Guiding the development of individuals so they have the skills and knowledge needed to perform effectively.
Motivating individuals to perform effectively.
Providing data about the condition of the organization’s human capital.
The success of Dell relied on the company culture it would nurture. As a result, the company changed its value proposition to reflect meritocracy, ingenuity, innovative thought and continuous growth. Employees now have the opportunity to create their own career development plans, give and receive feedback when they needed it, and improve their professional skills continuously.
As a result, Dell was able to understand its employees’ development needs and designed a continuous learning plan that focused on three elements:
Culture that fosters exceptional and agile organizational performance,
The best workforce teams in the industry and
Superior individual-learning experiences.
In order to understand how their employees were progressing, Dell would conduct annual ‘talent reviews’, which would help identify the next generation of leaders and innovative thinkers. During these reviews, managers would give their employees constructive feedback and ensure that the employee understood how they could improve. Dell would also provide various learning programs, such as coaching, mentoring and networking to ensure their employees were engaged and motivated to learn constantly.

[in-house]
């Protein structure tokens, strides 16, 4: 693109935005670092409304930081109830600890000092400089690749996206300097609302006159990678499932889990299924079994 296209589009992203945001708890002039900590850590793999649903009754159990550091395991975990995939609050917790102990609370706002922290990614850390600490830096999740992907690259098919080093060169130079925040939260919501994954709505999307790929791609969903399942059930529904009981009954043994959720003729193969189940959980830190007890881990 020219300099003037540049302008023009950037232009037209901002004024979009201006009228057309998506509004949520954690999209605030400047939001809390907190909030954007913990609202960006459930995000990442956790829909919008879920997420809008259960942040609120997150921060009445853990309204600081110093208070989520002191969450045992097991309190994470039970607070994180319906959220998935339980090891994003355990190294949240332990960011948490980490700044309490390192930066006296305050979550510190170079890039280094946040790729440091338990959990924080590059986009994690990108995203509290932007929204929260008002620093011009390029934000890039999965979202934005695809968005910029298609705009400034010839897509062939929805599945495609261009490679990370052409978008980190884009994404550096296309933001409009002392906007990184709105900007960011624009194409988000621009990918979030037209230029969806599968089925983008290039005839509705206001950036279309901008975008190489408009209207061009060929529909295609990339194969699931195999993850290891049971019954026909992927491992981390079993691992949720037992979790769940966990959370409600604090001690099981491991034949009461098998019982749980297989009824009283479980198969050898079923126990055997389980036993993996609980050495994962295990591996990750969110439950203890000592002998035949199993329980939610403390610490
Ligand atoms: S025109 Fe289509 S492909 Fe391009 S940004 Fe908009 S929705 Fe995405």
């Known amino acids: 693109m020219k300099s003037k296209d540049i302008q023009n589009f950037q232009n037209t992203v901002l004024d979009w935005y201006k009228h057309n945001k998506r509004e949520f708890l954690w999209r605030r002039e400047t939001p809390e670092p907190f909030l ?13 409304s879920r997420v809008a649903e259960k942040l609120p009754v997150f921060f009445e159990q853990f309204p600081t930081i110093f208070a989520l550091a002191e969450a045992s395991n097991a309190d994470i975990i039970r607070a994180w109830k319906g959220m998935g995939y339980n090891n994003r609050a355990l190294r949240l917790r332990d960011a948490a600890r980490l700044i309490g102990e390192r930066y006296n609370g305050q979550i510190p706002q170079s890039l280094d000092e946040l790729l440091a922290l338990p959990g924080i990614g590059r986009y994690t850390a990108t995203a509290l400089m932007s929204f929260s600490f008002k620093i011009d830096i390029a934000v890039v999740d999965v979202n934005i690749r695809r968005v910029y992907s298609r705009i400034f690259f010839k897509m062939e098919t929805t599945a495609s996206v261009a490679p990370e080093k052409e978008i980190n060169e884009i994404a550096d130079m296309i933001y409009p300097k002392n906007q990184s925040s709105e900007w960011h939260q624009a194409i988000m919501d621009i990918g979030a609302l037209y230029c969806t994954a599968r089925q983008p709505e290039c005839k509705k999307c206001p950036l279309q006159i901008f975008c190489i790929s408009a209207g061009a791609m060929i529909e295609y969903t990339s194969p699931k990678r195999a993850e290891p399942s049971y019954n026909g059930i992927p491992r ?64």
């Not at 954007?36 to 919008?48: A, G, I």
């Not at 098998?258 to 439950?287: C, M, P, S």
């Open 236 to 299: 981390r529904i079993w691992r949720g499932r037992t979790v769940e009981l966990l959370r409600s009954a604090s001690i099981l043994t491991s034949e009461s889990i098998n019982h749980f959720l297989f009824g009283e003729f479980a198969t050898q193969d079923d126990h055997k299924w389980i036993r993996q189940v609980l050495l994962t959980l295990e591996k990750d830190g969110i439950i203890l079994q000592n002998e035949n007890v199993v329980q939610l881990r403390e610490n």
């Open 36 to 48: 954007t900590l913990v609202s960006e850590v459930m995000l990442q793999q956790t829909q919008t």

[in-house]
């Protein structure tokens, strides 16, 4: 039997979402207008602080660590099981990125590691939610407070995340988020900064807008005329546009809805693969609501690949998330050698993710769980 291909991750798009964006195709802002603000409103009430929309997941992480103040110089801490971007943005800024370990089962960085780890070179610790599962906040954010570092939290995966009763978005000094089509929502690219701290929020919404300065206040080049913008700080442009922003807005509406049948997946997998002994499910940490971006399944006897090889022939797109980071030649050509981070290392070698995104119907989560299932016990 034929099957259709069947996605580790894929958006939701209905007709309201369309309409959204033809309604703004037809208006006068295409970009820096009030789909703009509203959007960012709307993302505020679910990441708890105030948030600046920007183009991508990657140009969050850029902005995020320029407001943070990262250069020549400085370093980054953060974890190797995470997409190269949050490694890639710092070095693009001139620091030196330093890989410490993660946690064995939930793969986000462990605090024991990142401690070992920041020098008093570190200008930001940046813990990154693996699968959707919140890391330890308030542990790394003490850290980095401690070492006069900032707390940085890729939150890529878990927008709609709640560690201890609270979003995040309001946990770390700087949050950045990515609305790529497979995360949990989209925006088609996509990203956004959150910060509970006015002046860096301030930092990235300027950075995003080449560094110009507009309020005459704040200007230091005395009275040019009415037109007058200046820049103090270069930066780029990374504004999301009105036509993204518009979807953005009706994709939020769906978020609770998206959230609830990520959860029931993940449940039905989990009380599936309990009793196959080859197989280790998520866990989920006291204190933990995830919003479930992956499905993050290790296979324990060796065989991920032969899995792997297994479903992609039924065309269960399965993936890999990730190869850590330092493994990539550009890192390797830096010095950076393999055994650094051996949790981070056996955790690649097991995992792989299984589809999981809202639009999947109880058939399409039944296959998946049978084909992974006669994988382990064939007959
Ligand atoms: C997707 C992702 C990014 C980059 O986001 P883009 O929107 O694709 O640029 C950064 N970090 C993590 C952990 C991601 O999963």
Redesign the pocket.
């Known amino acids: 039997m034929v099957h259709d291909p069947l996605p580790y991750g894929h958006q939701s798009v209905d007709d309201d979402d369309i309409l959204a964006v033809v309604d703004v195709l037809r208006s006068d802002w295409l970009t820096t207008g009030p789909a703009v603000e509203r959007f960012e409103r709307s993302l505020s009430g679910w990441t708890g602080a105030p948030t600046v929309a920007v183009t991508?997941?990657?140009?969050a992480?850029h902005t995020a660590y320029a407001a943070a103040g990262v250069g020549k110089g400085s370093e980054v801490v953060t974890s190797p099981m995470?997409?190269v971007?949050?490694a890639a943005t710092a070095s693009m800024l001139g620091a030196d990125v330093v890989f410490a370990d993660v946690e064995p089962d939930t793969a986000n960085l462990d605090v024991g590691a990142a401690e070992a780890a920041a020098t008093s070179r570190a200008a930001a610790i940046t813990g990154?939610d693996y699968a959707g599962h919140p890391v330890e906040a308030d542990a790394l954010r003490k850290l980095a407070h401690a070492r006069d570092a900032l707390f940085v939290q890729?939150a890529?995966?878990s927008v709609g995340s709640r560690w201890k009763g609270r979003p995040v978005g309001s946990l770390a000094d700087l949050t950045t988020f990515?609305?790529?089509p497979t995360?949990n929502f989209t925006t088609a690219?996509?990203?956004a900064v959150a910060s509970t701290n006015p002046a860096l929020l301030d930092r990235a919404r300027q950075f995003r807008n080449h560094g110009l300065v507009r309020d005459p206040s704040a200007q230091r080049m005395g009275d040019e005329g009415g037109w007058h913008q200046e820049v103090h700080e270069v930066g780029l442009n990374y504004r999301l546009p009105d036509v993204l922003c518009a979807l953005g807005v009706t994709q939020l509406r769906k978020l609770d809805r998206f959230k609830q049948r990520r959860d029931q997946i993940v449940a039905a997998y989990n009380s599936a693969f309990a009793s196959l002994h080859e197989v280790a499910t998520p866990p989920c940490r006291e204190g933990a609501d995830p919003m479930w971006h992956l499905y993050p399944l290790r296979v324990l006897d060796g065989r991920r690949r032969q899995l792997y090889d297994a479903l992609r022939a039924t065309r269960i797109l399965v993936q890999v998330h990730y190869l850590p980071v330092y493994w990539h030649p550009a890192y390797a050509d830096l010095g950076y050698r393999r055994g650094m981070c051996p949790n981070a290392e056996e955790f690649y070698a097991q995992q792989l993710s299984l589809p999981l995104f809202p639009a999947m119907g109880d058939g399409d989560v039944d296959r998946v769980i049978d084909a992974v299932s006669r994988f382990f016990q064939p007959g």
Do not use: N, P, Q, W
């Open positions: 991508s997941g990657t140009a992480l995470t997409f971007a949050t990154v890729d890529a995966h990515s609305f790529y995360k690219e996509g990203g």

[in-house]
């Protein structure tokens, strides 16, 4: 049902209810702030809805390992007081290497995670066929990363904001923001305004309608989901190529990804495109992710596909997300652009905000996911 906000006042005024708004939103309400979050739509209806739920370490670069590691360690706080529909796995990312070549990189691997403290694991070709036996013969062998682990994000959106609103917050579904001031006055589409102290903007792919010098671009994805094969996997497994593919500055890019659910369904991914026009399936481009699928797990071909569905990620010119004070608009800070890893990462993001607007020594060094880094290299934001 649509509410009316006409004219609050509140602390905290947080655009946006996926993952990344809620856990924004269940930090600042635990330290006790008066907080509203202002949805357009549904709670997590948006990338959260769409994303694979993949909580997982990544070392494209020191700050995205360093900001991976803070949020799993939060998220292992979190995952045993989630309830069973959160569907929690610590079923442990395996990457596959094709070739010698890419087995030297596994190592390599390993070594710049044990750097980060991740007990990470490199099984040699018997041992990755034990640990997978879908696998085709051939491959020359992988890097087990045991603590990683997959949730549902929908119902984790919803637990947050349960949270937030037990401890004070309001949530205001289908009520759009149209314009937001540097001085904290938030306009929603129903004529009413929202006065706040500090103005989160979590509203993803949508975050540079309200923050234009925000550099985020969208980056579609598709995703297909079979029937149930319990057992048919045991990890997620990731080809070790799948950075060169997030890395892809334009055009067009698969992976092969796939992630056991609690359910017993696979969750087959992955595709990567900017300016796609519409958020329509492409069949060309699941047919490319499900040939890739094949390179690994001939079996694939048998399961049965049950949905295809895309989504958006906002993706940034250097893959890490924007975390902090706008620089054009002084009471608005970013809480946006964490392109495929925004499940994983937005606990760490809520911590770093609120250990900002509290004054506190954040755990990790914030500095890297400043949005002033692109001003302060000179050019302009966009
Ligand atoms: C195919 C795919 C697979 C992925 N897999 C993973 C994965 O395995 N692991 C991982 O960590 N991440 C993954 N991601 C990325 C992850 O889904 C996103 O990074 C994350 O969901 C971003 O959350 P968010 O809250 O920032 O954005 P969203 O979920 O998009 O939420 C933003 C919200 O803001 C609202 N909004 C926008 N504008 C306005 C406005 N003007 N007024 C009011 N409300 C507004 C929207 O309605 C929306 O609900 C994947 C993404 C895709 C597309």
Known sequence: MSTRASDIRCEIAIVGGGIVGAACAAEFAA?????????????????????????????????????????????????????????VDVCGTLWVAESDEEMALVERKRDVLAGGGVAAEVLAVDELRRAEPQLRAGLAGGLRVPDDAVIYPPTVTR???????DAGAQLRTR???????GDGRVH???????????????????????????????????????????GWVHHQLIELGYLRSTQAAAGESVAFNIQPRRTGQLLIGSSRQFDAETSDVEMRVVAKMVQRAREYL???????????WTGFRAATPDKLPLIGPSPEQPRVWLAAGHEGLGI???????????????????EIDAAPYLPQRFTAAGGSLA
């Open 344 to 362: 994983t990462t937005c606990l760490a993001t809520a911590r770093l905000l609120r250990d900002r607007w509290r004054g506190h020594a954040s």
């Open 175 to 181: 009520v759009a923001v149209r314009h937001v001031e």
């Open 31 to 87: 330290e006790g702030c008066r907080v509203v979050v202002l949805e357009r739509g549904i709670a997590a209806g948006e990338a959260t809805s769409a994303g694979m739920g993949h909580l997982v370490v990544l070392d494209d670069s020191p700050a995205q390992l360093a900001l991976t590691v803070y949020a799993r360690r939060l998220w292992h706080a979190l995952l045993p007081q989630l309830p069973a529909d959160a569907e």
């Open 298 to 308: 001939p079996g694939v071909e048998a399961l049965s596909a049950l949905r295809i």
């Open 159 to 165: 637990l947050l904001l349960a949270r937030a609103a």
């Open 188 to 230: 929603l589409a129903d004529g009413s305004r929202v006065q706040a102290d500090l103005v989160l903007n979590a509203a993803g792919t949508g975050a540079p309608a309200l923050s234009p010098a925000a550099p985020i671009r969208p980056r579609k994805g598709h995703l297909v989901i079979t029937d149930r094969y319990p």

How to solve the Dell dilemma.
The company's philosophy of continuous employee development could be a sign of how human resources may become in the future. Having a company that has a highly capable and engaged workforce is becoming a main performance driver for many companies and should not be overlooked. One of the cornerstones to any company should transparency with its employees. As Dell invests a considerable amount of time and money into the professional development of its people, so too should they allow employees to be part of the decision making process.
Impraise focuses on making the workplace as transparent as possible. Through ongoing feedback, managers can keep their employees informed of company decisions at all times. It gives employees the chance to air their concerns and raise any questions they may have. Additionally, Impraise allows companies to collect data about the health of their workforce, which helps the company understand where their key strengths lie and potential learning areas are.
Photo by Dell